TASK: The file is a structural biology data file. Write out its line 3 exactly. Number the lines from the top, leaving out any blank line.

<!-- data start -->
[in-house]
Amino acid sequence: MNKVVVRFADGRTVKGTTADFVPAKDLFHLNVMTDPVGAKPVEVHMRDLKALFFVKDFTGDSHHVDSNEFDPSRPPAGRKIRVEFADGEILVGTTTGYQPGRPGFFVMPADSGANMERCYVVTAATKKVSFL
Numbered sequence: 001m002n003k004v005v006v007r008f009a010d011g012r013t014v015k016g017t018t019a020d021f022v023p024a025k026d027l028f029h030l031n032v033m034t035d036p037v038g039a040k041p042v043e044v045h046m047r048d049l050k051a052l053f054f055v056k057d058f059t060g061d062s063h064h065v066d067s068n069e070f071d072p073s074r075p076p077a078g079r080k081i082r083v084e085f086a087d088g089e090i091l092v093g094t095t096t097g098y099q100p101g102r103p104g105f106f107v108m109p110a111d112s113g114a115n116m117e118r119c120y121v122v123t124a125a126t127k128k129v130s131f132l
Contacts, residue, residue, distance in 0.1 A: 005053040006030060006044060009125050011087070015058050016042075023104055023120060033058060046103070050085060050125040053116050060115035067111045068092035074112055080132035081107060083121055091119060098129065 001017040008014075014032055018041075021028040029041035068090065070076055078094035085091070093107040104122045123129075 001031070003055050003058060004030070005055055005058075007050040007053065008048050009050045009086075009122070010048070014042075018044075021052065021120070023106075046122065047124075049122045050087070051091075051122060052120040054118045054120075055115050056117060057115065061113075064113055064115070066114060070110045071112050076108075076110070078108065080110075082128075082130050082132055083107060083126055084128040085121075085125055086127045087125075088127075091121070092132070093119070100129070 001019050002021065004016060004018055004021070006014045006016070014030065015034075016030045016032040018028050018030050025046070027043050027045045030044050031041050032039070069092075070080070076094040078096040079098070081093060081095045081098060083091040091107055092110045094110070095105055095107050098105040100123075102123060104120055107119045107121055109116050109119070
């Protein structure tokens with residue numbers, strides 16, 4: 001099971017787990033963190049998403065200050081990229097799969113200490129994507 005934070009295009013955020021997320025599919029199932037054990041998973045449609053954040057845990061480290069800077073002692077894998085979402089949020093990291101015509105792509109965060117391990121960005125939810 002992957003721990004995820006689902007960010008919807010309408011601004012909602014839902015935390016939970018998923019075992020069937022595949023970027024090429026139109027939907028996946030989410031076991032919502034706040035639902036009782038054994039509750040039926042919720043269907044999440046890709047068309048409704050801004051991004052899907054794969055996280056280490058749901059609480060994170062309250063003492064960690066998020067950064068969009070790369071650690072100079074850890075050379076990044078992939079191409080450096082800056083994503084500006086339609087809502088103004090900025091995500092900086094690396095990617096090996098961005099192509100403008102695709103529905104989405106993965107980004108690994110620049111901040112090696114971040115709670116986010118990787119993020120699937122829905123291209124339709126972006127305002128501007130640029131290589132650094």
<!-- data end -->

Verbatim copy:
Numbered sequence: 001m002n003k004v005v006v007r008f009a010d011g012r013t014v015k016g017t018t019a020d021f022v023p024a025k026d027l028f029h030l031n032v033m034t035d036p037v038g039a040k041p042v043e044v045h046m047r048d049l050k051a052l053f054f055v056k057d058f059t060g061d062s063h064h065v066d067s068n069e070f071d072p073s074r075p076p077a078g079r080k081i082r083v084e085f086a087d088g089e090i091l092v093g094t095t096t097g098y099q100p101g102r103p104g105f106f107v108m109p110a111d112s113g114a115n116m117e118r119c120y121v122v123t124a125a126t127k128k129v130s131f132l